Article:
New Ofcom powers to rule social media firms ‘doomed’

twitter-292994_1920Government measures to give Ofcom greater powers to police social media companies are doomed to fail, with the threat of legal action the only way to bring the likes of Facebook, Instagram, Twitter and Snapchat to book.

That is the stark warning from Professor Mark Skilton, a digital communications expert at Warwick Business School and industry director of the Artificial Intelligence Innovation Network, in response to the move which aims to tackle harmful online content.

The clampdown follows the publication of the UK’s Online Harms White Paper, and accusations that Instagram had allowed content that promoted suicide, following the death of teenager Molly Russell.

Facebook’s head of UK public policy Rebecca Stimson said: “Facebook has long called for new regulations to set high standards across the internet. New rules are needed so that we have a more common approach across platforms and private companies aren’t making so many important decisions alone. This is a complex challenge as any new rules need to protect people from harm without undermining freedom of expression or the incredible benefits the internet has brought.”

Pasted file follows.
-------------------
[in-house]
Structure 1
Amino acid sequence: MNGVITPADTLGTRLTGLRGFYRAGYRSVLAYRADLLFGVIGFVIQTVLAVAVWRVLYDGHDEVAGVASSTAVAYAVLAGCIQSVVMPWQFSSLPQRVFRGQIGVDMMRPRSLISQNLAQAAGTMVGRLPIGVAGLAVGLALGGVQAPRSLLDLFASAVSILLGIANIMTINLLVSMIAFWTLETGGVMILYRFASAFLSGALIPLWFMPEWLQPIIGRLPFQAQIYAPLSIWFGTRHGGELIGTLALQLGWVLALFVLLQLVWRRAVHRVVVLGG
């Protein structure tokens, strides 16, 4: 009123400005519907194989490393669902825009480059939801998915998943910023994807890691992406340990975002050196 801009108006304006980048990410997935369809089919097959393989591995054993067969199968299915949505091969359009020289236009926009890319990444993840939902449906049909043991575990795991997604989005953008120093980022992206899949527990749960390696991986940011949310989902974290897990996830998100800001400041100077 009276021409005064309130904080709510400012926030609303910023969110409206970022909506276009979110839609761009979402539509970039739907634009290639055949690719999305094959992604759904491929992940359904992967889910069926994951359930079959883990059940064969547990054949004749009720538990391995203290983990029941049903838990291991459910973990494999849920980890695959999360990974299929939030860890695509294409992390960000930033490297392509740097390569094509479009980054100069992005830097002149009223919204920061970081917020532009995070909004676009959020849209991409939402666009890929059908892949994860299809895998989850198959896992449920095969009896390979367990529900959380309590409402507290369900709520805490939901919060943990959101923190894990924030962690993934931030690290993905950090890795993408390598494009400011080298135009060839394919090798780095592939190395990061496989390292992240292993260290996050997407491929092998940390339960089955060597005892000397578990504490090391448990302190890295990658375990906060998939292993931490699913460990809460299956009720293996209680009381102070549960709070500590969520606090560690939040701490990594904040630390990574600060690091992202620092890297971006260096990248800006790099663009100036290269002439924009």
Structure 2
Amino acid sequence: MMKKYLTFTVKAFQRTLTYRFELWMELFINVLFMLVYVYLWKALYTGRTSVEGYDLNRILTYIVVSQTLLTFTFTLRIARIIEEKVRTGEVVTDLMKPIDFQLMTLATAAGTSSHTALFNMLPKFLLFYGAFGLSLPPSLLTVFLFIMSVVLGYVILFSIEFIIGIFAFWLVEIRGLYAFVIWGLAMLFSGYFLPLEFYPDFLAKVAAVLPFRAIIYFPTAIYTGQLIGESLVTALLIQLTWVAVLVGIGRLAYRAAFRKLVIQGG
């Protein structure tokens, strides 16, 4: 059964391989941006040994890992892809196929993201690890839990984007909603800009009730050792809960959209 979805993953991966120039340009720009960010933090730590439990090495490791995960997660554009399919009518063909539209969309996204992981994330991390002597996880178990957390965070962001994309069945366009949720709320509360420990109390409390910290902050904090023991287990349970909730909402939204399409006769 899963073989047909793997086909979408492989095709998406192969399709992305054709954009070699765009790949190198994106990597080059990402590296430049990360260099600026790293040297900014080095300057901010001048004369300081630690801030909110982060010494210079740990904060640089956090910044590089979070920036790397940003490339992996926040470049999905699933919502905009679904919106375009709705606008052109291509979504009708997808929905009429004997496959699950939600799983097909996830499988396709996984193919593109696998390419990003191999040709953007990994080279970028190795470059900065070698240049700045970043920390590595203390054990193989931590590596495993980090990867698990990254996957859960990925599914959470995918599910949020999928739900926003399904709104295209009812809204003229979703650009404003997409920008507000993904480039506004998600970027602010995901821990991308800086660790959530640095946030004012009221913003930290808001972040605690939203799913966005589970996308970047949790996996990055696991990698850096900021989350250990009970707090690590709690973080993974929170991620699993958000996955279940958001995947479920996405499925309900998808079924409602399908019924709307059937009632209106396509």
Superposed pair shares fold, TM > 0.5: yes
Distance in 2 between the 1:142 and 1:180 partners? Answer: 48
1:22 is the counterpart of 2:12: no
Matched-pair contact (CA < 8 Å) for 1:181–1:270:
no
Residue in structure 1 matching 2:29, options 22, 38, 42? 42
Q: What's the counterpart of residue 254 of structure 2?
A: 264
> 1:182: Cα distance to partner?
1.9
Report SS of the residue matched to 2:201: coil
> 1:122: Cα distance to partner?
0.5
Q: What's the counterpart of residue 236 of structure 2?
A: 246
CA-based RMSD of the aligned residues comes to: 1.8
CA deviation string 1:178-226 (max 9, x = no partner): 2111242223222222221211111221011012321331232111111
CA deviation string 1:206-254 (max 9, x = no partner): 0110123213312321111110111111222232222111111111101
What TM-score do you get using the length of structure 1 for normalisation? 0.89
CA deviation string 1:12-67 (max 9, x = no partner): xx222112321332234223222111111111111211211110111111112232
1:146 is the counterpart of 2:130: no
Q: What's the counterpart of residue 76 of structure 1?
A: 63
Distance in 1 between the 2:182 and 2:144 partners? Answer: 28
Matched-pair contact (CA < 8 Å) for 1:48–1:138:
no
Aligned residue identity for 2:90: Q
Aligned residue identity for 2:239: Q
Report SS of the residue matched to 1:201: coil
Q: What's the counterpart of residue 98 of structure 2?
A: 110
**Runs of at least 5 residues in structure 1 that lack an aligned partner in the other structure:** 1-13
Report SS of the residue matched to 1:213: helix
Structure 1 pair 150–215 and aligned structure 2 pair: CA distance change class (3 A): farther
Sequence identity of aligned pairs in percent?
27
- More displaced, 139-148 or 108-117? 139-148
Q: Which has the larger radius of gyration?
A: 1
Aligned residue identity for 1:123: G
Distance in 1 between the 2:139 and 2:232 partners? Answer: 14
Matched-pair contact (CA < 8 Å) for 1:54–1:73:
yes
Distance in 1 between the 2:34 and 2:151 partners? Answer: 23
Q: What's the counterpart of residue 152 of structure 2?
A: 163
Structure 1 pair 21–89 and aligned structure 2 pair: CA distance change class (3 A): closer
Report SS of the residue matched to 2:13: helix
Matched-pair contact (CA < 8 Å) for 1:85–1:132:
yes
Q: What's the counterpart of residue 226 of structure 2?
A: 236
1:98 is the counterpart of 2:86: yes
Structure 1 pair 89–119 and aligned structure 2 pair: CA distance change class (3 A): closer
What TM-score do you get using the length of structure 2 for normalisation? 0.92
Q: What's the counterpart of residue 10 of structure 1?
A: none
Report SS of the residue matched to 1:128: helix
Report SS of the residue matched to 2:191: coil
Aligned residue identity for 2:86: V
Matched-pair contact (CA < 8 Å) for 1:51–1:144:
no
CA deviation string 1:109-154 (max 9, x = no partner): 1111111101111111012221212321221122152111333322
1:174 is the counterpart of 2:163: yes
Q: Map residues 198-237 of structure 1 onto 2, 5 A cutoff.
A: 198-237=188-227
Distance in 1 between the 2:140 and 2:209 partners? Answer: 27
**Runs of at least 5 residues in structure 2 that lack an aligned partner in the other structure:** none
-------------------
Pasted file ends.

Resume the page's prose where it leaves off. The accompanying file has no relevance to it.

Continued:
However, Professor Skilton is not impressed. He said: “Civil rights activists are right to oppose government censorship, but the online victims of child abuse, exploitation, violence, and cyberbullying are clearly being failed by self-regulated social media platforms. These vulnerable victims need radical steps to enforce standards in the ‘Wild West’ that exists online.”

“The Government must go further than mere fines and shaming. While it has ducked the hard policy design and passed the issue to Ofcom to define the detail, I hope that legal action and mandated processes to delete offensive content become law. We should be on the side of victims in this case, not lobbyists for these social media companies.

“I remain unconvinced this will be effective due to the complexity and scale of the problem, but investment forced by the threat of legal action seems the only way to get these social media platforms to act responsibly for society.”

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